Inside, you’ll find amazing daiquiris, a classic bar environment, and…a bronze statue of Hemingway? It may seem odd, but there is a statue at Hemingway’s favorite spot at the bar.

If you prefer not to drink, there’s another Airbnb Experience I did that I strongly recommend.

And it’s playing basketball with locals outside Havana. This was arguably my favorite thing I did in Havana. We played 2-on-2 pickup basketball for three hours. People who lived in the city (Alamar) showed up as they finished their days, and we played until it was dark.

A Cuban man shoots a basketball as another man attempts to block his shot.

If you’re a basketball fan, I can’t recommend this enough. Or, if you’re just looking for a unique way to connect with local Cubans, this is the way to do it. I was picked up by Randy in Parque Central, and he was an amazing guy to talk to along the way to Alamar.

Book it here: King of Alamar Hoops ⛹️

Day 3: Visit museums and buy souvenirs

Morning: Souvenir shopping

I actually had about 2.5 days, so I didn’t get to spend three days in Havana in their entirety.

Since I had a half day in Havana left, I chose to shop for souvenirs and stop at the museums I’d been passing by. Along the way, I discovered a small park where I found this Ford from 1930.

An older Cuban man poses with a 1930 Ford model car.

There are tons of small souvenir shops in Old Havana, and I stopped off at one I had stopped in on a previous day. I bought a shirt, a small wooden vintage car model (both for my grandpa, who had visited here 60+ years ago), and a dress for my fiancee.

An important note: At the time of writing, visiting Cuba and buying cigars to take back to the US is still illegal. There’s plenty of mixed information online, but it IS illegal. However, you can still visit cigar factories and enjoy them. You just can’t take them back to the USA.

Afternoon: Visit museums and fortresses

After souvenir shopping (or before!), it’s time to hit museums and fortresses. 

Three I recommend because of their importance and proximity are:

  • Museo Nacional de Bellas Artes (National Museum of Fine Arts)
  • Museo de la Revolucion (Museum of the Revolution)
  • Castillo de la Real Fuerza (Royal Force Castle)

Between these three attractions, you get Cuba’s art and historical history.

With the art museum, you can see the largest Cuban art collection — dating from colonial times to the present day. It also has some international art, but it’s relatively small. Meanwhile, The Revolution Museum focuses on the Cuban Revolution, one of the most pivotal moments in Cuban history. On the other hand, the fortress dates much further back and was one of Havana’s most critical defense systems during the colonial era.

A Cuban tank sits outside of the Revolution Museum in Havana.

Whichever museums/fortresses you visit, you’ll have a great time (and learn a lot!). I know I did.

Where to stay in Havana

When staying in Havana, there are multiple areas to choose from, each catering to a different type of traveler.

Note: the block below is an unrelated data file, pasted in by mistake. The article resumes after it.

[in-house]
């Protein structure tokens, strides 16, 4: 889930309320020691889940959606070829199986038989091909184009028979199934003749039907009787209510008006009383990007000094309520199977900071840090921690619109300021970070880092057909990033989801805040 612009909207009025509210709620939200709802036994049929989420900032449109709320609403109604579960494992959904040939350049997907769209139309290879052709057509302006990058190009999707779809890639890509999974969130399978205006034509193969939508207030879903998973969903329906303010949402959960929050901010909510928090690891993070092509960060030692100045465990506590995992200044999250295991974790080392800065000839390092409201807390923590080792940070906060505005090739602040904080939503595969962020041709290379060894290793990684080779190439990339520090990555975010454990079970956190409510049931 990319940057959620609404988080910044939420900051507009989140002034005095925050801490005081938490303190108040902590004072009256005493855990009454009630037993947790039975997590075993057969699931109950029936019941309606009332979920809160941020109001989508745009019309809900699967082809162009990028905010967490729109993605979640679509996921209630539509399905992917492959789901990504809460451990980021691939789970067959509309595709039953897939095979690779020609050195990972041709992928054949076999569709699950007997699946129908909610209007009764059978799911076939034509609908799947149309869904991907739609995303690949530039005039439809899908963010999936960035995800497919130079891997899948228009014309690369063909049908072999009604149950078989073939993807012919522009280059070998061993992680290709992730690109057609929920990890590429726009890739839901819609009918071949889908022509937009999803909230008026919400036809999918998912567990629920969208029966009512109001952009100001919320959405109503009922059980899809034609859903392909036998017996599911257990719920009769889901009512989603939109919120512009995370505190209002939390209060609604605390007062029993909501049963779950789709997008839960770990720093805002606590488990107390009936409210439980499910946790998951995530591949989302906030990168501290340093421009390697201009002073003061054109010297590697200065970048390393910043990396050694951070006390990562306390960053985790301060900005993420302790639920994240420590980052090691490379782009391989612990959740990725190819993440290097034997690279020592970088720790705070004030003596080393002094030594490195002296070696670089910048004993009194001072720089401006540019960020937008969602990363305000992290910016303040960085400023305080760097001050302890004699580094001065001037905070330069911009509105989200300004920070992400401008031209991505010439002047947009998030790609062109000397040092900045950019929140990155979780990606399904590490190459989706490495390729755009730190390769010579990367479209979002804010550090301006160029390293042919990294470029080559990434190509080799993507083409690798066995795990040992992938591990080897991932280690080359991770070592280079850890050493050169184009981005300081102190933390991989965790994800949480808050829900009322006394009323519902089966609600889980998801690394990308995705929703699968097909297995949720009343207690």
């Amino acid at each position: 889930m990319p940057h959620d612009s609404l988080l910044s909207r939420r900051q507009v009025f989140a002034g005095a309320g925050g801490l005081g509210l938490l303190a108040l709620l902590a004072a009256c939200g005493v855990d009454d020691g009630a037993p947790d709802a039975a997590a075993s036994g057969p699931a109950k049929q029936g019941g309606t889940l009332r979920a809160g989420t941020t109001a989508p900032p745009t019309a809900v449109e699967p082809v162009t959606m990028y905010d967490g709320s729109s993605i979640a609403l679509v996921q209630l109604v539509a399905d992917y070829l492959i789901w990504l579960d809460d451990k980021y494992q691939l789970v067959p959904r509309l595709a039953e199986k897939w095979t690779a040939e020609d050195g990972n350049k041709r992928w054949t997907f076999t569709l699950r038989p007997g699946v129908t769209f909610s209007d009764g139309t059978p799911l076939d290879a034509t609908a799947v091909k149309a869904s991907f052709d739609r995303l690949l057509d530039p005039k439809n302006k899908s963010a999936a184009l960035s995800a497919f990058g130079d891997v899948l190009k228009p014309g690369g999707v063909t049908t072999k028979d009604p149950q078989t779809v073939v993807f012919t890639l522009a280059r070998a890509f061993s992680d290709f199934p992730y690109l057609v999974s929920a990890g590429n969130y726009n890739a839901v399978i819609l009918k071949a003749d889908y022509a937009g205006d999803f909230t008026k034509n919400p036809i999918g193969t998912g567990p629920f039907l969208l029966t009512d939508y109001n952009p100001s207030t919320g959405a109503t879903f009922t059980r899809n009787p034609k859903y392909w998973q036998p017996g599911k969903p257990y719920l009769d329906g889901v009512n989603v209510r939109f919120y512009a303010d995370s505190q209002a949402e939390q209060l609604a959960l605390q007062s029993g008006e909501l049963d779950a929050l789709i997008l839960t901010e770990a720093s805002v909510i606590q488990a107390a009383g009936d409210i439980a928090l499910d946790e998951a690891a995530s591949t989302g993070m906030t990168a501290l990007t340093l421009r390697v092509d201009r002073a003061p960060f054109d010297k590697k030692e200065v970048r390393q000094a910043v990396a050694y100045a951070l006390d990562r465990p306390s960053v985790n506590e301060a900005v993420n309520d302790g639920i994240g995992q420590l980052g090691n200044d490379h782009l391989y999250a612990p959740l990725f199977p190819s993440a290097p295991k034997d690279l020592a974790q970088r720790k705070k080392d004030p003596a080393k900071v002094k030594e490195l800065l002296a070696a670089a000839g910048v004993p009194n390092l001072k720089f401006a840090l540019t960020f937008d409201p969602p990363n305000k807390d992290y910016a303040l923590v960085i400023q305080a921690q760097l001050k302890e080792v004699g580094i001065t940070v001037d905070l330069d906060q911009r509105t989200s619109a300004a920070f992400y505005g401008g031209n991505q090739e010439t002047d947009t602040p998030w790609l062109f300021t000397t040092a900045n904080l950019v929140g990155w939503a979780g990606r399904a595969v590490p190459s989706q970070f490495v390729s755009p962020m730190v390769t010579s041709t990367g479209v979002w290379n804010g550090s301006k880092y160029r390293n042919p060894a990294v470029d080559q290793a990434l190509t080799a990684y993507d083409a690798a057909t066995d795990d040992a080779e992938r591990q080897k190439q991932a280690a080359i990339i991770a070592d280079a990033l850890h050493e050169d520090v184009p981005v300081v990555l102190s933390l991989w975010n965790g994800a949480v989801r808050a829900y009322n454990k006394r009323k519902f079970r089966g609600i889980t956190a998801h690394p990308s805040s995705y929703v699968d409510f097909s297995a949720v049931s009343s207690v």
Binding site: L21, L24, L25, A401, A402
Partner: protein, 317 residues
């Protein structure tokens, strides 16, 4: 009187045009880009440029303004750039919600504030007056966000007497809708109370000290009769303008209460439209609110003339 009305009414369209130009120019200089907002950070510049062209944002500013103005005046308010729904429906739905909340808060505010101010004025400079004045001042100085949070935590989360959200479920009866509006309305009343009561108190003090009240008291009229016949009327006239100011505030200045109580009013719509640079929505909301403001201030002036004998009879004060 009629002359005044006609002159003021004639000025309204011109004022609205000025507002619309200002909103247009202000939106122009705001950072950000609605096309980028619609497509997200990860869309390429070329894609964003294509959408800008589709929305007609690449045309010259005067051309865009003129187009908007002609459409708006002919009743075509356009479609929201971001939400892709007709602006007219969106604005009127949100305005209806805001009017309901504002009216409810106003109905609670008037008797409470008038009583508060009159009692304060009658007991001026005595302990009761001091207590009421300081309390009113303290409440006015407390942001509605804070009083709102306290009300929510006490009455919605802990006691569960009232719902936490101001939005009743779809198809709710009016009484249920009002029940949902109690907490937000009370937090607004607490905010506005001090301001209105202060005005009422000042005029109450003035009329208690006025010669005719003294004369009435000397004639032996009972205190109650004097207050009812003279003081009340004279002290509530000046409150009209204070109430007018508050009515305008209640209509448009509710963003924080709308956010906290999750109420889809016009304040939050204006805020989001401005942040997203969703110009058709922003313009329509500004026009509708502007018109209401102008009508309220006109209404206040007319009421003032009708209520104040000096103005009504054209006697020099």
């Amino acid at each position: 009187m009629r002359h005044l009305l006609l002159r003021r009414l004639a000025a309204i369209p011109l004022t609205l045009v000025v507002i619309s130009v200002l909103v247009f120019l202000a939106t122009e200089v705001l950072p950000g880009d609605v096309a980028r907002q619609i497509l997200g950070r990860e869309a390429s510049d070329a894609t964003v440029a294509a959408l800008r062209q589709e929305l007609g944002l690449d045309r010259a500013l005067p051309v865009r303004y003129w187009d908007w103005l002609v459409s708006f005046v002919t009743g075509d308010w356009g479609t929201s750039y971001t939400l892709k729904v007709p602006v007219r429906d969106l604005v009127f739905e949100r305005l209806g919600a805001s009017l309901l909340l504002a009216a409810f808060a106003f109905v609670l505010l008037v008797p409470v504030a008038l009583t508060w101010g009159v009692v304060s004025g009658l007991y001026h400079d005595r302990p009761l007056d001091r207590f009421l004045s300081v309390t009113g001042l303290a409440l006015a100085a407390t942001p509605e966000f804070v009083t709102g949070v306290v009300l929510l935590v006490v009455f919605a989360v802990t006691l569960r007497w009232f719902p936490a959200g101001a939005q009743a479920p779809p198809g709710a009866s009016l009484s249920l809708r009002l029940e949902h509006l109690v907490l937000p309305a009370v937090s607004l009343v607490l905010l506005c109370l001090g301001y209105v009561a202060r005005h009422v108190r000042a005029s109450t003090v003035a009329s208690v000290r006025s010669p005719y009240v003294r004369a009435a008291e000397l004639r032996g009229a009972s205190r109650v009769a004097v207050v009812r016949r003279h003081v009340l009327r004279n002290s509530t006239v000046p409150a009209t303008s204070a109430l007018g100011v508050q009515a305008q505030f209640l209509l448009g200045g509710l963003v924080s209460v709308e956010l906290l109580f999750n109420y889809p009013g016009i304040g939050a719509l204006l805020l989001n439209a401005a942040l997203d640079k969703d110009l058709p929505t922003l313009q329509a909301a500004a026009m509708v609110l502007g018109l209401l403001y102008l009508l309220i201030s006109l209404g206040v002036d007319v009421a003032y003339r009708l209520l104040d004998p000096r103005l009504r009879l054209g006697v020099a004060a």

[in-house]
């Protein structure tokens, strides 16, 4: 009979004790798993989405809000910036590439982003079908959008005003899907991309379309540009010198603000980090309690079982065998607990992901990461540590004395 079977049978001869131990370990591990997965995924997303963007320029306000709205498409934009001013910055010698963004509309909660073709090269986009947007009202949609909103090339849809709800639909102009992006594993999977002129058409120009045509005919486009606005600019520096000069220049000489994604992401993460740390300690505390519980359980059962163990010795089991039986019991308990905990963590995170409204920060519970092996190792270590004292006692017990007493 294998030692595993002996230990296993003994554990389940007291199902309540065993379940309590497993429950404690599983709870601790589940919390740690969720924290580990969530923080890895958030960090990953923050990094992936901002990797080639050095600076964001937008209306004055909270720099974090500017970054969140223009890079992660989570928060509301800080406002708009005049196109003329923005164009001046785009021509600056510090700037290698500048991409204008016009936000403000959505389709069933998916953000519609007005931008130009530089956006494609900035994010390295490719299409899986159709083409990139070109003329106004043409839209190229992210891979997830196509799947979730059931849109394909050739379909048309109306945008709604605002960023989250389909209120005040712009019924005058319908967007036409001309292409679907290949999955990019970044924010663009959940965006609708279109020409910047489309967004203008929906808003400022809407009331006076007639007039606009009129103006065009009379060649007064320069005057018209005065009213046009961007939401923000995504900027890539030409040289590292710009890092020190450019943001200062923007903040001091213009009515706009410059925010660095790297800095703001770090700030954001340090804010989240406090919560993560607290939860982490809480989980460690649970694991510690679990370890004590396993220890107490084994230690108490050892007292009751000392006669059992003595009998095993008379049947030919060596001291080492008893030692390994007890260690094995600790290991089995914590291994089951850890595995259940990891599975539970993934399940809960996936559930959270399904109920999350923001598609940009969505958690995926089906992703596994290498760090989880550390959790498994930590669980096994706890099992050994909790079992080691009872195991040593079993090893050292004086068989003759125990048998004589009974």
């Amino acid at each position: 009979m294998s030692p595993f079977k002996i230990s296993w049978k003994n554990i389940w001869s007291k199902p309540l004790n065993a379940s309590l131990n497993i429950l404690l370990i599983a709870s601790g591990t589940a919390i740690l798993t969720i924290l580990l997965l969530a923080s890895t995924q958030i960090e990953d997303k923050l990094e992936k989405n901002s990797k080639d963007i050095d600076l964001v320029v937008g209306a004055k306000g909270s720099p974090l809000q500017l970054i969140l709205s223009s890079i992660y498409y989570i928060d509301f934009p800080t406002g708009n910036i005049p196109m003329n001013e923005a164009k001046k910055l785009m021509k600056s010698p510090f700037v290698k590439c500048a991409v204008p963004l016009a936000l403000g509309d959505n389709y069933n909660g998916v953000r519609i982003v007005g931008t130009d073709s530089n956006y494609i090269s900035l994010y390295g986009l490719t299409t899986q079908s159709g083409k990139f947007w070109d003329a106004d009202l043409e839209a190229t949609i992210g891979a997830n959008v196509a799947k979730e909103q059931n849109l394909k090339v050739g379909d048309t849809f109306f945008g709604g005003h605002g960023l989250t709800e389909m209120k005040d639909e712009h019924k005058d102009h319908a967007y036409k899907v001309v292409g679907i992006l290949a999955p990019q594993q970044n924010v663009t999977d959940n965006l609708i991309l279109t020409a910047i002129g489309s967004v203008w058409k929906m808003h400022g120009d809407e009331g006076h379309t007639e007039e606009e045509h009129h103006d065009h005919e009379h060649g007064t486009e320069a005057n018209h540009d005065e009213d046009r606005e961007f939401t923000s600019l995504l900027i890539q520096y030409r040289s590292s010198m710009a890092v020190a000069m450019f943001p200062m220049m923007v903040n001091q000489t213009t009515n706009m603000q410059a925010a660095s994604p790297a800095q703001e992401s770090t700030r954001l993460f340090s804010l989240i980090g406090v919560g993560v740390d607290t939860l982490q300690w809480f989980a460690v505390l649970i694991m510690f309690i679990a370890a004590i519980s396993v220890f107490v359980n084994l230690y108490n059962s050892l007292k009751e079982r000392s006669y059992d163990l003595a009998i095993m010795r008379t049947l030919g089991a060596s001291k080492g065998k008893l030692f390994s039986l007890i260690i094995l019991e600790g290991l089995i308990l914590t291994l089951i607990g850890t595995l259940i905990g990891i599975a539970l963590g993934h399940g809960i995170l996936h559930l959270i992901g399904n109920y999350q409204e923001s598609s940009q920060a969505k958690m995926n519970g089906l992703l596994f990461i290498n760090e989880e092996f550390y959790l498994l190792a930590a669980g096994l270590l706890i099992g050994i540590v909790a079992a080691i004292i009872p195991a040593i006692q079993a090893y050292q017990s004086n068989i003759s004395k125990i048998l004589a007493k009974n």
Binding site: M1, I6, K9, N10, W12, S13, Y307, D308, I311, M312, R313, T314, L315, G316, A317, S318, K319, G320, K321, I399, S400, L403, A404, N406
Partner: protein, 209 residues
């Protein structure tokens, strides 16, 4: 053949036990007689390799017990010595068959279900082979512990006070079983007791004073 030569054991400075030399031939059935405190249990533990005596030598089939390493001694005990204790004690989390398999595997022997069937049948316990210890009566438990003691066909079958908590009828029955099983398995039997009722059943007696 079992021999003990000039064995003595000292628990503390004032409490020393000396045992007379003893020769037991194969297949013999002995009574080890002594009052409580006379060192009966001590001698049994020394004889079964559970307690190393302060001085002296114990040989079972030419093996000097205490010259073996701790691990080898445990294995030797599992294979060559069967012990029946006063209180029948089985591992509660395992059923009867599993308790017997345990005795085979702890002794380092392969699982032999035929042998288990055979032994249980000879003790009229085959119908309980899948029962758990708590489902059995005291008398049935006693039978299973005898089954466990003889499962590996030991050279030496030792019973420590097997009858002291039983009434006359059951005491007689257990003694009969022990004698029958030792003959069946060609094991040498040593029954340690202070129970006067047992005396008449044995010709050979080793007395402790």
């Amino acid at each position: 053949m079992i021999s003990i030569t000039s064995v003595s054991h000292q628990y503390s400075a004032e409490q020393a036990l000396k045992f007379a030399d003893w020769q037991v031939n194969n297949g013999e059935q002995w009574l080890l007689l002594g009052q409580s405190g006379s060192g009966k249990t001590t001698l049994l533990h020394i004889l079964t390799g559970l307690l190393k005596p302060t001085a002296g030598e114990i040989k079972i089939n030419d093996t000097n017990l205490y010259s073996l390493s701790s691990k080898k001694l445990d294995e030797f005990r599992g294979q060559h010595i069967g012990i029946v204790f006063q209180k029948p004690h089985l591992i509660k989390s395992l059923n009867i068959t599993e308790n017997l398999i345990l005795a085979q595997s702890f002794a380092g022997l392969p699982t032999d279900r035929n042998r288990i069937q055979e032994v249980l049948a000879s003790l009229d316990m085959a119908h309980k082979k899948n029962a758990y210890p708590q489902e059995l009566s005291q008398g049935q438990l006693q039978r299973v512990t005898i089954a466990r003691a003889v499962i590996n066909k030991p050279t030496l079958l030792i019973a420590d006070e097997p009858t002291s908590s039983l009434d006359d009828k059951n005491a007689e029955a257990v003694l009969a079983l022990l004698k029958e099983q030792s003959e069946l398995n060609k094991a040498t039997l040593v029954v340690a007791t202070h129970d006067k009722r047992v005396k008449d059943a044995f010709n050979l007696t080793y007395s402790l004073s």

So, here’s a quick breakdown:

  • Old Havana: Historic heart of the city. It has beautiful architecture, plazas, and attractions.
    • Best for first-time visitors, history buffs, and those who want to be central.
  • Vedado: More modern district with a mix of grand old mansions, hotels, and embassies.
    • Best for travelers who want comfort with easy access to attractions and couples.
  • Central Havana: Densely populated neighborhood in the center. Mostly locals.
    • Best for adventurous travelers, budget travelers, or people who want to be as local as possible.
  • Miramar: Affluent residential area with embassies, large homes, and a more upscale vibe.
    • Best for families, luxury travelers, and those who love tranquility.

I strongly recommend staying in Old Havana if you have the opportunity.

It has the most things to do in Havana, and it’s the easiest area to start and get around. Plus, it’s the most lively area. I stayed in the heart of Old Havana and loved it. I’d walk out my door every morning and immediately be immersed in life in Cuba.

Ready to visit Cuba? Get what you need first!

Hopefully, this three-day itinerary has helped you out.

These fast-paced three days will give you a great overview of this exciting city, from ducking down the streets of Habana Vieja (Old Havana) to seeing local life in Habana Centro (Central Havana).

But, before you start planning your trip, it’s best to ensure you have everything you need to get in…especially if you’re an American. So, check out my guide on visiting Cuba as an American and get everything you need before buying those tickets!

And, if you’d like a copy of one of my 3-day Havana itineraries, be sure to sign up for my email list below to get it sent straight to your inbox!

author avatar
Kyle Cash Owner
Kyle is the writer behind The Travel Runner. He’s a full-time traveler and adventurer who’s visited over 20 countries, including places like Thailand, Mexico, Vietnam, and Albania.